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THE EVENING STAR,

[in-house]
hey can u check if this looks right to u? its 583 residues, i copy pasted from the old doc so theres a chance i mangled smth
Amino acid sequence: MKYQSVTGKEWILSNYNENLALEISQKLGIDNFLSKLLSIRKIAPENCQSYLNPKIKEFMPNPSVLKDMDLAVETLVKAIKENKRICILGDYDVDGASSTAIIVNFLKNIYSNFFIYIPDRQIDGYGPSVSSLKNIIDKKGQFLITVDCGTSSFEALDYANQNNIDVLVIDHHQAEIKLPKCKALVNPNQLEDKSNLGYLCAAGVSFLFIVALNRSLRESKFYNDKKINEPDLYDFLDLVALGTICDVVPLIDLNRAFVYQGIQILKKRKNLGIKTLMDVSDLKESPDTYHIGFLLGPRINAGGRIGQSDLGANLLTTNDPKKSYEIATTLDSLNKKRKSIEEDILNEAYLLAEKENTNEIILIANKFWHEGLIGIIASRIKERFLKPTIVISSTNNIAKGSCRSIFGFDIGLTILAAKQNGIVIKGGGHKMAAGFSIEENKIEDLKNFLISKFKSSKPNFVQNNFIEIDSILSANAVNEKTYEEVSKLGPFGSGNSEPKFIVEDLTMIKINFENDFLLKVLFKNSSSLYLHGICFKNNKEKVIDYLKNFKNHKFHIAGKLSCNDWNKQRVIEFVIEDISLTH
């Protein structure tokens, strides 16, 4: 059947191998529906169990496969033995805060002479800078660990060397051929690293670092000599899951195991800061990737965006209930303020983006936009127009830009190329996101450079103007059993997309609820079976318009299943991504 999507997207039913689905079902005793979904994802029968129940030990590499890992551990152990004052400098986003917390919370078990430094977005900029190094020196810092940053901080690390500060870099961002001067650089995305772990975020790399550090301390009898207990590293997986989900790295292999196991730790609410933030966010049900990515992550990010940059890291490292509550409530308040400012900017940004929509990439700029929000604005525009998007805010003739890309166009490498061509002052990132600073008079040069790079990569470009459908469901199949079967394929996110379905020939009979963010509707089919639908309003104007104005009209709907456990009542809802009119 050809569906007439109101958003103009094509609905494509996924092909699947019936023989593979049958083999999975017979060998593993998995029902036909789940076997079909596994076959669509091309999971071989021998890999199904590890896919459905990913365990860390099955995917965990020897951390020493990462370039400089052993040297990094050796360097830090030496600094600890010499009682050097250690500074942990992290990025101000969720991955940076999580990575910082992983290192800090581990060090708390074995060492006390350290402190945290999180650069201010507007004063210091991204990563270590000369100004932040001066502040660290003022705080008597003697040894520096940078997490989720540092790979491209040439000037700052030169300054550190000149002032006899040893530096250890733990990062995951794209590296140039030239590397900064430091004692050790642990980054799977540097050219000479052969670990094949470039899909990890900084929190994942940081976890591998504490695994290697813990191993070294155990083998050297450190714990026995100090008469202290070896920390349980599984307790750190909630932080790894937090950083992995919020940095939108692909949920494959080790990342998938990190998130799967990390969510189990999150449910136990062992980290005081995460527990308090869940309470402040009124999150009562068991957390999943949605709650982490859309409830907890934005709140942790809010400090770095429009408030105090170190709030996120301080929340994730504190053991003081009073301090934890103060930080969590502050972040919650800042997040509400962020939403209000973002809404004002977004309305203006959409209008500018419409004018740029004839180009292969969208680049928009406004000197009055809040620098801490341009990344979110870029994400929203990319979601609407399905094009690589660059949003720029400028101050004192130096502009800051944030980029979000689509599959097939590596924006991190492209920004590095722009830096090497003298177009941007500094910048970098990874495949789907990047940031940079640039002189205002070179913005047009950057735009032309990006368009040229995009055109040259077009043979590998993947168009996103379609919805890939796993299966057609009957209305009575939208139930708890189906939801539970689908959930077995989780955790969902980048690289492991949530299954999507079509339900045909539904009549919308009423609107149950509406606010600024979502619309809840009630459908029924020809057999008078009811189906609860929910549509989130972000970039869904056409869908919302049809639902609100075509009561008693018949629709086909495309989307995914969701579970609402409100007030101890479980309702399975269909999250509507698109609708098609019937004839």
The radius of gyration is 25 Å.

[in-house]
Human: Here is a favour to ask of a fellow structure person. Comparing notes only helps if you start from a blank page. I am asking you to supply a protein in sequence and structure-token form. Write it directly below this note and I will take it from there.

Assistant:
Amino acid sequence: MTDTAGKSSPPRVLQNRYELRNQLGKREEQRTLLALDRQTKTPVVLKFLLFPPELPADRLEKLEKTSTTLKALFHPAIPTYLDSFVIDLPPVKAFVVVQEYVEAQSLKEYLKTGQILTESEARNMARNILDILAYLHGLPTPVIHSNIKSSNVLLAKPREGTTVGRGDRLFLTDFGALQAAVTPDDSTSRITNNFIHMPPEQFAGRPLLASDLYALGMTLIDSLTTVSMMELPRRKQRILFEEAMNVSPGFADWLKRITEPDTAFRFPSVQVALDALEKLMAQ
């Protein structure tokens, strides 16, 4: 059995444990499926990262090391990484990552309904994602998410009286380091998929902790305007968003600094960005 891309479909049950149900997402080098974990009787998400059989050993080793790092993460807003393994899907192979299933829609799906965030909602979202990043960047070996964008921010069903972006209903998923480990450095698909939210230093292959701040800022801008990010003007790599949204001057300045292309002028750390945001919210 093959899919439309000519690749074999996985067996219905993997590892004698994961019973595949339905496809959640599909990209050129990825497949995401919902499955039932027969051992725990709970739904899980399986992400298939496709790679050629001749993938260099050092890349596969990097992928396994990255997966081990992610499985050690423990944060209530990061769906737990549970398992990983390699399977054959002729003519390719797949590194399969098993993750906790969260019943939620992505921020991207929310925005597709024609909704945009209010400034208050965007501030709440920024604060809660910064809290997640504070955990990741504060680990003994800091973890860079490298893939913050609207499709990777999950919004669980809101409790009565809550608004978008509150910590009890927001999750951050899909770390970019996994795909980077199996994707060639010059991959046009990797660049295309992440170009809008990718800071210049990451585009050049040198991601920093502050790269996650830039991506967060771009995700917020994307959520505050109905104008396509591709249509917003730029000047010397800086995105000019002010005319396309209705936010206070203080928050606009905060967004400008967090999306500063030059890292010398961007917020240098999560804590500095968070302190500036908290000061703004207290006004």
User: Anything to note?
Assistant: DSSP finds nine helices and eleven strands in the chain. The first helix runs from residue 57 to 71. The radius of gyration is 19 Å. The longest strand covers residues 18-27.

Wit* Sunday Momlag SdiUom. WASHINGTON, SATURDAY April 11. 1914 THEODORE W. NOTES Editor The STtalnff ftu JTrwipaper Company. Bualn^ss Office. llth St. and P^nn-vlvnnln Avenue. ?w York Offl<*e: Tribune BuIMlnz r:.'raCo i?ffl.-e: First National Bank Building. European office: 3 Resent St., London. England. T * Even In? Star, with the Sunday mnrolnir Mltfnn. in rtelfverrd by carriera witMn the rfty a: 4." rent* p<>r month: da: y only. 2.^ ?*ent? per tr-ont. : Sunday only. 20 reurs p??r raont'i. '?rdpr* n.av tw? ?ent by mall, or telephone Main 2*40. * ohr tion !a made by carrlcr a: t-e end of b month. Payable In nilvanrt^-b? mail. T?os?ace prepaid: TV !!x. Sunday Included, one month. fi?> <-ents. Pally, Sunday ??xi-?'pn>d. nn^ 4?> rents. Saturday sftar. $! y?ar; Sunday Star. $2.40 year. Entered as ?erond- ia?s mall niatfe- at the j?o?t offlcc at Washington. l>. C. t7In order to avoid de!av? nr. srrnunf o' personal nbwence letters to THF, STAR Id ro* ]-.c addressed to any individual ??onueoted wffb tho ifflce. but simply to THE STAR. or to rbe Editorial or Business Department, a-vordlnj , to tenor or purpose. The Next House. Those engaged at this early day in or ganizing the next House may enjoy the ^mplojment. but ti.?y are taking risks Pirst elect your majority. Only this much now is certain: a republican majority will "ifan ;? repub ican Speaker and a repub lican floor leader, and a democratic ma- [ iorrtv a democratic successor to Mr. ' f'lark and a democratic successor to Mr. j Underwood. No guess on the republican side worthy I of attention will overlook Mr. Mann tor J Speaker, and Mr. Cannon fur chairman j of ways and means or chairman of ap propriations. Tn years past Mr. < ann??n! presided over the latter committee. Both men will be candidates lor the House this year, and will be certain tc reach goal | ?f there is a revival of republicanism in the country. On the democratic side there is con fusion. Some nun then predict Mr. Clark's defeat for a third term as Speaker as the result of his course on the tolls question. It would not do, they assert, to put a democrat in the Speaker's chair oat of harmony with the President. Ma terial must be made for the presidential campaign, and the President and the Speaker should be in cordial accord. As for a new floor leader, there will be a competent bunch to choose from. Mr. Kitchin of North Carolina, Mr. Sherley of Kentucky. Mr. Adamson of Georgia, Mr. Clayton of Alabama and Mr. Henry of Texas are certain of re-election, and all are able and experienced legislators. I With the exception of Mr. Kitc hin. all are supporting the President in his tight for the repeal of the tolls exemption law. Although they have conjured with his name in many things, it seems hardly possible that the President would permit his friends to use it to the detriment of Mr. Clark and Mr. Kitchin in organizing the next House if the democrats control it. That would raise a stir not only there, but throughout the country. Criticism of the interference of the executive with Congress is already great, and such an act as that would increase it many fold. If the maneuver won, the party would suffer. If it was defeated, the President would lose prestige. It is reasonably certain that the demo crats, even if they win in November, will have a majority materially smaller than their present majority. The present ma jority was a "scratch"; and "scratches," like lightning strokes, are eccentric. They never choose the same target twice run ning. A small majority, therefore, will call for all the harmony possible in the winter and spring of 1916; and the turning down of such men as Clark and Kitchin as a punishment for their support of the Bal timore platform would be for the demo cratic party a fooiish and disastrous per formance. Thieves and Vacant Honses. Depredations ir. and against vacant buildings appear to be more general than anybody not a sufferer from losses of this kind might suppose. However, it is a common observation that if a house is without tenants its windows will not long remain unbroken and there will be a more serious destruction of property than the breakage of windows. It is charged that heavy loss is suffered in the District from vandalism against unoccupied property. In con nection with the clean-up and city beautiful campaign a woman owner of untenanted property wrote a let ter to The Star complaining of in jury to that property by gangs of rowdies, and expressing the belief that there was insufficient interest on the part of the police in this character of -obbery and malicious mischief. The letter was published and soon thereafter many letters came from other owners of vacant houses, telling the same tales of hardship. Unoccupied property is en titled to police protection. Its owners pay taxes on it and presumably lose enough money on it without having it stripped of doors, windows, flooring, fencing and of lighting and plumbing fixtures The police have their time nearly or quite filled up with the per formance of their manifold duties, but the vacant house matter is one that calls loudly for consideration. The Russian minister of finance urges economy in other directions so as to avoid running short of money for mil itary purposes. It is evident that the czar is not to be encouraged in any aspirations to # win the Nobel peace Vfc prize. Tt should not be surprising to South Carolina if the policy of its governor toward convicts invites the immigra tion of a certain element of undesira ble citizenship. In the present discussion Col. Goethals Is no longer being heard from. He would be justified in feeling content to rest on his undisputed laurels as an engineer. A few more days will see the weather prophets safely down beyond the snow line. Lawns. At various times in connection with the newspaper reports of the meetings of cit- I izens' associations the subject of well kept lawns and attractive flower beds has i been touc hed on and in a number of! instances citizens' associations have j agreed to continue the practice previously found effective of giving awards for ( lawns and flower growths of distinguish- I ed merit. Many of the urban and subur- j ban neighborhoods of the District arc the handsomer, happier and more val- I uabi? because of the care given to the land in front or at the rear or on the tides of the home. A well kept grass plot or a carefully tended flower garden tells all the world which passes that way that somebody lives there, that there is home life there and that order and content f?1gn within. In moat cues the condition of the yard u or "gTounds" can be and will be taken as an index of the housekeeping system that is followed inside. The garden or the lawn tended with care give? a proper 1 touch to the home and applied to con tiguous homes makes the neighborhood better. The climate of Washington is en couraging to fine gardens and everybody who lives in a house lias time enough to care for one. The Iawnmower. the rake and the spade are fine implements of physical culture. The security of private lawns and flow er beds is greater than it ever was. Pub- j lie opinion has been so improved and educated in this matter that complaints | of marauding are rare, whereas not many vears ago they were frequent. This is I shown by reference to an editorial in The j Star May i'7, 1 ST??. which in part fol lows: "Ther^ is probably no place in the j country where more is done by its in ? habitants to beautify their homes by the cultivation of flowers, shrubbery, etc.. than by the citizens of Washington. Nor is there a place where such efforts are more successful considering the dis couragements and drawbacks under which they are made. We refer mon especially to the pulling of flowers, the destruction of shrubbery and the theft of rare plants from private grounds. So gr?-at has this abuse grown in som*' parts of tIs? city that not a few of those who have Im eji so frequently raided are now hesitating between giving up the p'easant duty of ornamenting their grounds and lying in wait for the marauders with loaded shotguns. The most curious thing f" these sufferers is the fact that the po ? ic" apparently nevvr see any of til des]-oiling and that in spit-> of the strin gent law on the subject no arrests are made or at least no punishment is in flicted." Economy and Appropriations. The appeal of i hairman Fitzgerald to his democratic brethren in the House yes terday was based upon two propositions: ? 1> K'-on-uny is a good and necessary thing in itself, and (2) it was promised by the democratic party in the Baltimore platform. This is not a favorable time for pressing proposition number two. Why should the economy plank of the Baltimore platform be singled out for strict observance when other planks have gone, or are going, by the board'.' The Baltimore plat form. it seems now agreed, was con structed to get in on. and having served that purpose is being taken apart and the pieces trundled out of the way. Sec ond-hand lumber for sale. Proposition number one presents an old. old difficulty. As applied to the gov ernment's affairs, what is economy? What is the duty of the party in power at this time? Assuming that the republicans when holding the purse strings were too liberal, and even extravagant, what grip should the democrats take on those strings? Many democratic representatives who 011 the stpmp two years ago denounced the size of republican supply bills have discovered since, if they did not know it then, that they were talking through their hats. Confronted with the duty of voting supp'ies themselves, they appre ciate the size of t'nele Sam's establish ment. and the heavy obligations that rest on their own shoulders. They can see no economy in skimping the old gen tleman. and. putting the matter on a purely saltish plane, no votes for them selves next November in such a course. Hence they are responding liberally to what they conceive the country's needs to be. not neglecting to consider the lo cal interests in passing. The hands of the clock cannot be turned back. The country's growth must be considered. Knickerbockers do not fit Uncle Sam now. He is full size, of fine proportions, and must dress in stye. The tailor who should serve him inade quately, either as to cut or cloth, would not get a second order for a suit of clothes. Two things, then, should govern the present appropriations: (1) the country's real requirements?which are large?and (2), what is promised for the near fu ture in the extraordinary progress of the near past. Not a cent for waste, but as many dollars as are called for to make the mare go. Mr. Fitzgerald has in view, and frank *y mentions a task that will devolve on him as chairman of the appropriations committee when the "demned sum to- J tal" has to be explained to the country. < It will not be easy, but he will accomplish it. It is all in the day's work; and he is an able man. Others, and some with less ability, have tackled the same task, and acquitted themselves, if not en tirely to their personal comfort?which was a secondary consideration?to the satisfaction of their party?which was the main point. Eve of Sanitary Crusade. F inal preparations for the annual sp-ing clean-up in the District of Colum bia ar?- being made. The light against dirt wil! begin next Monday. The public has been worked up to a good pitch of enthusiasm for participation In this sani tary crusade. The response from the citizens' associations of the District and the town societies in Washington's suburbs outside of the District has been nearly unanimous. The school children have been interested in the clean-up idea and in this way the enthusiasm has been carried into many homes where per haps it would not otherwise find a greet ing. The Boy Scouts have been enlisted, and it is announced that tomorrow many ministers will, from their pulpits, dis course on the virtue of cleanliness and the importance of a clean city to the public health: Altogether the spring cleaning between next Monday and next Saturday will be a great stroke in the anti-fly campaign, and with the clean-up idea kept prominently in the public mind there will bo a marked improvement in the health conditions of the capital. It is an unfortunate state of mind that leads to the assumption that any argu mentative opposition is necessarily prompted by the corrupt use of money. According to the Mexican generals the fate of Torreon is merely a difference of opinion. Huerta shows certain inclination to make it more or less of an ad writers' battle. Old Home Week. Though the sap is not yet stirring freely I in tlie trees a number of cities?that is, a number of newspapers in several cities? 1 are aln adv discussing plans for old-home week, or home-coming week. This is a happy and enterprising custom which was taken up by a few cities not many years ago, and the Idea was such a catching and appealing one that the custom has been rapidly extended The plan usually stirs up enthusiasm in a city, puts the citizens to thinking of something else than this workaday world, brings back many sons and daughters to the city who have strayed away or gone away with pre meditation, and promotes a high state of pleasure all around. There is also a practical side which is an :irsument that convinces many cities. Utlca, N. y., (8 one of the places already making plans for an old-home week in August, and the Utlca Press, discussing the business fea ture of the case, says: "If the utilitarian side of it is looked at for a moment the suggestion is Inevitable that the butcher and baker and the grocer will also have to make special preparations and that business will be doubled for that particular week and per- - haps for days beforehand and afterward. I This is true of every business venture in j the city. The trolley ears will transport thousands more than usual. The depart ment stores and the furnishing houses will have an accelerated trade to make j ready for and everybody will share in the greater activity which will be induced." Thus the old home week subserves sentiment and business. Analytical criticism has no place in the discussion of the works of that gentle poet. Cy Warm an. He wrote from his heart, and the hearts of the peopie answered him. No doubt Mr. I'nderwood is now shar ing the confidence that used to be ex pressed by some eminent republicans in the wisdom of the plain people. Opinions from Mr. Carnegie to the ef fect that senators need prayer nlay be seized upon as :i means of further pro longing the discussion. White Sulphur Springs will soon be per mitted to feej as important as Pass Chris tian felt some little time ago. SHOOTING STARS. BY PHILANDKP. JOHNSON. Continuous Problem. "We sent Gladys Ann to cooking school to get her mind off her piano playing,' said Mr. Cumrox. "Did the plan succeed? ' "Yes. Now we're trying to persuade her to study political economy so as to get her mind off the cooking." Futile Thrift. The b, ? exclaimed, "How can 1 beat The ganu which they contrive? When I pil?- up a store so sweet, Somebody taps the hive!" The Good Old Clothes. "Surely you don't want me to wear clothes that are out of style!" she pro- > tested. "Yes. I do." replied the reckless man. j "As a matter of decorum. I wish you'd ! put on the clothes you wore five years ! ago!" Dangers of Power. "So you managed to get that man his appointment?" "Yes." replied the statesman. "That was lucky." "I don't know whether it was or not. Of course, he's my friend as long as he holds the position. But two or three dozen men who would have liked the place are liable to be my enemies for ever." Useful on Occasion. "You mean to say Crimson Gulch has an anti-gambling law"' "Yes," replied Three-Finger Sam. "We had to have some way of breaking up the game when a tenderfoot comes along and gets to winning all the money." A Fresh Start. The May day smiles not far away And flowers blossom day by day. A gentle promise tills the air And Hope dispels the mists of care. Whate'er the disappointments drear That filled us with resentful fear, Whate'er the injuries received, Whate'er the burdens unrelieved. When Mayday, lightly drawing near, Is heralded by songs of cheer, The troubles of each mortal's lot Fade and are presently forgot, As each exultantly exclaims While reading o'er the players' names, With faith all joyously secure, "We'll win the pennant this year, sure!' Chicago's Woman Voters. From the Chicago Tribune. The whole country undoubtedly will scan the election data of yesterday to see how the women voted. The new voters can well undergo the inspection. They have made a most encouraging begin ning, voting with intelligent discrimina tion on the "little ballot" propositions and saving the day for several of the.best candidates presented. They voted in slightly larger percentage of their regis tration than the men. in spite of the fact that they had not the advantage of tried organization to "get out the vote" as the men of the parties had. And voting, they voted well. The Busy Time. From the St. Joseph Gazette. The year's growing time is here. It seems uncertain, hesitant, whimsical. But its real activities art- going on all about us. and we realize that only on tho sur face is there seeming delay. Trees are daily, hourly, preparing to don their spring costumes. The earth is preening i herself in a rapidly shaping garb of green, i Even the decorations of this dress are be- I ing swiftly completed. The fields are scenes of equally large and important un dertakings of nature. Nowhere is there actual waiting. It is nature's growing time. Every minute of this season has Its overflow ing duties. Not one is being neg lected. More Money for School Teachers. From the Philadelphia Inquirer. No objection will be raised any where to the action of the committee of the board of education in raising the salaries to woman teachers and placing them on an equality with those of the men. For many years we have had a devoted band of men and women doing the most important work in the city and laboring for meager salaries. The Spaniards. i From the Springfield Republican. Expulsion of the Spaniards would be a worse blow to Mexico than expulsion of the Moors was to Spain. Their role of conquerors over, the Spaniards have won an excellent reputation as sober business men: in Porto Rico Americans have had since the occupation abundant opportunity to appreciate their merits. The National Money Center. From the Boston Transcript. Washington quickly recovered from the disappointment over her failure to get a reserve bank, thero being a building at 15th street and Pennsyl vania avenue that takes all the sting out of the sore spot. Enterprise. From the Day too News. Enterprise is ,not exclusively an Amer ican quality. A Brussels real estate firm has scandalized Europe by proposing to plat the battlefield of Waterloo as a sub urban subdivision. Spring Tonic. From the Sioux City Tribune. With the trees budding and the grass growing greener fans begin to wait impatiently for the umpire's stentorian announcement: "Batteries for today's game." Spring tonics won't make the blood run like that gladsome noise. President Eclipsed. From the Boston Transcript. President Wilson has just a few days more before he must yield the spotlight to Walter Johnson. Know How to Vote. From the Chicago News. Chicago women showed that they know as well what to do with the ballot as do the men. TOloo5war6 New ?ork=WAS05NOT?N==Panis. otbrop Announcing the Arrival of BED CLOTHING Suitable for Summer Use. Quite the best collection we haie ever had so early in the season. SUMMER BLANKET?. S U M JIER COMFORTABLES, light weight. SUMMER BEDSPREADS, crin kled. corded and pique. Shown in all the best designs and in all sizes for beds and cribs. Second floor. F st. We Have Arranged for Monday, April 13, An Especially Fine Display of Hand-made French Lingerie In the French Lingerie Room, 3d Floor, F St. The New Vivid Colors in HANDKERCHIEF LINEN On display in our White Goods De partment is the new weave in Handket chief Linen, in the vivid colorings that are authorized as the latest vogue for summer dresses and waists. The shades are: TANGO, RASPBERRY, LEMON, BLUE, PINK. Sheer, pure flax, 36 inches wide, 75c yard. Second floor. Eleventh st. This special display is made in the interest of prospective brides, and is the most pre tentious we have ever ar- j arranged for any spring sea- ? son. The garments them-! selves arc the best products of French needlewomen, pos sessing the most highh de veloped skill in working with beautiful materials, ex quisite trimmings and rich hand embroideries. The display room is in keeping with the re fined and beautiful tone of the Lingerie, and those who come to in spect can do so with quietness and privacy. SAFE FUR STORAGE. There is no better or safer place tor your Furs, Apparel. Rugs, Draperies a d Hangings than our Storage Vaults on premises. Garments and Fur Muffs and >.V. - pieces are hung separately on special / constructed hanger^ and racks, the dr; cold air constantly circulated throng1 out the vaults. This method of -forage gives luster and life t'< the Fur.-, restoring their nat ural sheen and brightness and replcni-" ing the preservative oils of the skin* Ml Furs sent to us for storage a e first thoroughly cleaned by the scientific compressed air treatment, without oxt;a charge. Storage charges are very moderate and the service is the finest available. FRENCH GOWNS $2.75 to $35.00 FRENCH PETTICOATS $2.00 to $25.00 FRENCH CHEMISES $1.25 to $15.00 FRENCH DRAWERS $1.00 to $10.50 FRENCH COMBINATIONS $2.50 to $10.50 FRENCH CORSET COVERS $1.50 to $12.50 In the French Room, Third floor, F st. Ijow-neck styles, in round. Ve and square effect?, also liish-neck models. with short, threc-quartr r or l^ng sleeves, beautifully hand-embroidered; others hand embroidered and richly lace trimmed. All the newest models: wonderful creations of rich hand-embroidery and beautiful laces: others are com posed of heavier materials, such as pique and percale, with simple hand-embroidered flounces. Dainty and charming combinations of hand-cmbroidery and pretty laces, beading and ribbons, others with hand-embroidery most sensibly used as the sole trim ming-. Kvery style; plain hand-embroidered, and those with hand-embroidery and laces used in combination with tine beading and ribbons. Suits and Envelope Chemises, princess and blouse ef fects, hand-embroidered, and with or without elabo ration of lace. Daintily hand-embroidered, and some lace trimmed: the most beautiful creations we have ever shown are in this assortment. WEDDING STATIONERY. Special attention is directed to our exceptional and perfected facilities i'or Engraving Wedding Cards and An nouncements. The engraving <?! the plates and the tine reproduction upon o-.ir superior quaiin Wedding Stocks fur nishes conclusive evidence of the excel lence maintained. The styles of composition and lettering are those most approved. Specimens and estimates submit., d upon request. Main tiuor. Eleventh st. The Latest Designs in FINE STAMPED LINENS AND GARMENTS For Spring-Summer Hand-embroidery Work. Exceptionally attractive and beautiful designs in Fancy and Toilet Linens and Garments have just been received in our Art Needlework Department, and so far as we are able to judge, surpass the best previous efforts of designers for beauty and variety. Many of the things are quite simple to do, others that are more elab orate in their possibilities. Those that contemplate doing work of this character during the coming months should begin making selections no w For the "Tango" Dance Party. With the constantly changing styles, new accessories are absolutely ne e--a to the well dressed woman?and we are now offering new items in dress ad> n>nu; especially suitable for the dance or evening affair, that will be appreciated. Doilies. 7-inch size, 5c. 12-inch size, 15c. Centerpieces. 18-inch size, 25c. 22-inch size, 35c. 24-inch size. 50c. Collar and Cuff Sets, linen. 50c each. Collar and Cuff Sets, ratine. 50c each. Crepe Boudoir Caps. 25c each. Crepe Dressing Sacques to match, 50c each. Second floor, center. Teacloths. 36-inch size, Si.00. 45-inch size, Si.25. ?54-inch size, S2.00. Scarfs. 18x45 inches, 75c each. 18x54 inches, $1.00. THE "TANGO" CAP -?A beautiful model of white maline, with band of white lace extending to points at each side, friil of maline on edge of band, and satin ribbon in loops with dainty buckle at each side, the ribboa running from one side to the other in the back. White maline with any shade of ribbon desired, at S3.00 each. "TANGO" SLIPPED SETS ? consisting of dainty platinum-finished buckles, with >etting> of rhinestones. at S8.00 and $12.00 set. "TANGO" CHAINS? Long chains of beads i-> various combinations of amber and iade. amber and jet, amber and tango, amber and lapis, ambi r and pearl, and amber with Linen Guest Towels. 25c and 50c each. Linen Towels. 50c each. Muslin Pillowcases with embroidered scalloped edge stamped with initial. Si.oo pair. White Lawn Dresses, sizes 2 to 6 years, 25c each. Children's Stamped Made-up Dresses, of flow ered crepe, poplin, white lawn, made in long-vvaisted kimono style with belt; :-izes 2 to 6 years, 50c each. Children's' Stamped Made-up Dresses, of tan and blue chambray: sizes 2 to 6 vears. 2;e each. tancy colored >toncs in red or blue ; Si.00 to S2.50 each, "TANGO" PINS?for the hair. Nothing so enhances a beautiful costume . the addition of attractive pins in the coiffure, and these we offer are in such variety that it is possible to obtain them to harmonize with any costume: they are mounted with stfmes in various colors. Prices range from 50c to S4.00 each. "TANGO" RIBBONS?A new tango ornament, a band of velvet ribbon in an-* shade desired, with fancy bead ends in Florentine and other beads: some have tas sel ends. 50c to S1.75 each. "TANGO" PARTY CASES?a dainty leather case fitted with all the toilet arri cles needed for the dance or party. Old nnglish long grain, and crushed levant leal' ers in various colors: $6.50 to $25.00 each. Special Display of Baby Pillow Covers and Slumber Cushions. In our Linen Department we are displaying an exceptionally large and beautiful collection of Pillow Covers suitable for babies and slumber cushions. They are made of sheer handkerchief linen and other linens of heavier quali ty. All of them ate exquisite ly hand-embroidered in a most ex tensive range of designs, and scalloped or hemstitched, many finished writh sheer ruffles. Pillow Covers, complete with pillow of the best quality live goose down: size 12x16 inches. $2.25, $2.50, $2.7* to $4.5? Separate Pillow Covers, in many styles and designs, all finely [ hand-embroidered. $1.25 to $3.50 each. Second floor, Elorcnth st. "Innovation" Trunks Are the Trunks For the Modern Traveler. The $20.00 Innovation is shown in three sizes; Steamer, Demi-Steamer and Regular. The wisdom of making thc<e Trunks in three >ize> is readily apparent, and the practicality a;i?I convenience are being more an more appreciated by travelers every day. Makers of innovation Trunks are, however, the only ones that have realized the ad vantage of the three size-. They are as follows: "Innovation" are the original Wardrobe Trunks, the first to be made, and they are the first and best in the opinion of all discrim inating travelers. Strong, dura ble and practical in construction, they afford the utmost protection to their contents and superior convenience and accommodation to their owners. Regular-size Wardrobe Trunks hold 10 suits and are often larger than is wanted, yet fill the exact needs of many; the Steamer-size Innovation is just the opposite, being too small for ;nany uses, but is the ideal Steamer Trunk, and the best of its kind. For those requiring either of these styles there is nothing better. N:ow the demi-size is a convenient model between the two, and has become very popular. It will hold 6 suits, and all the dress accessories in proportion, as will the two other models All three of the famous "Innovation" Trunks are priced at $20.00, and all three fitted with the won derfully convenient and scientific adjustable and removable arms for hanging garments in their natural position, and thus keeping them ready for wear immediately upon taking from the trunk?no pressing is required more than actual wear demands. "Innovation" Trunks are the only Trunks that any model can be used by both men and women; other Wardrobe Trunks are built in distinct models for men's and women's use. These, every model can be used by both sexes, so that economy is a strong feature. Second floor, G st. "Liberty" Summer Fabrics of Exquisite Texture. "Liberty" Fabrics and Wares are continually being imported land can be obtained only of us in Washington. New and exquisite textures, coloring? and designs are evident in these Fine Liberty Fabric s t". .r spring and summer costume> and dresses. They arc sheer and fine and admirably adapted to the present modes of draping and other fancy effects responsible for the beautiful styles of the season. Every desirable coloring and de sign is shown. "Liberty'" Shaded Gauze, shad ing from blue to blue, pink to pink, blue to heliotrope: 48 ineln * wide. $2.00 the yard. Flowered Lawns. :J0 inetic* wjd*?. yard. Figrured Voiles, oO inchcs wide, 00c a"?<! 7f?e yard. Plain Colored Cotton Crepes, Toe yard ! Flowered Chiffons, 40 inches wide, '*) | yard. Ethis Flowered Crepe, 40 inches w;cp. j $2.00 yard. i Socond floor. Eleventh ?=t. Woodward & Lotlhrop. Modern Chiropody IS THE SOLUTION Lst us convince yon of our su periority as Chiropodists and ph>ve to you what a simple matter it Is to Rite you absolute foot comfort. We Master Coma, Bunions, Enlarged Joints, Ingrow ing Nails, Etc. Georges & Son, Inc. Foot Specialists 1214 V Street W.W. EST WAGONS BUILT ?are on sale here nt spcclal prices. Let us show you the stock. T. E. YOUNG icke SECTIONAL BOOKCASES For the home and office. Four distinct styles?the Standard, the Ideal, the Art Mission and the Sheraton. Globe-Wernicke Bookcases are made in Cabinet Oak, Quarter-sawed Oak, Imitation Mahogany and Mahogany. Send for catalog showing colored illustrations of room interiors. Salesroom, 1218-1220 F St. N.W. Phones Main 7604 and 7605 It Is Aggravating / I But not discouraging to lose an article J of value. It is not discouraging, because usu ally a Lost Ad in The Star will secure the return of a lost article. Where an article is found a Star Lost Ad will find the finder. i K 1 l k ??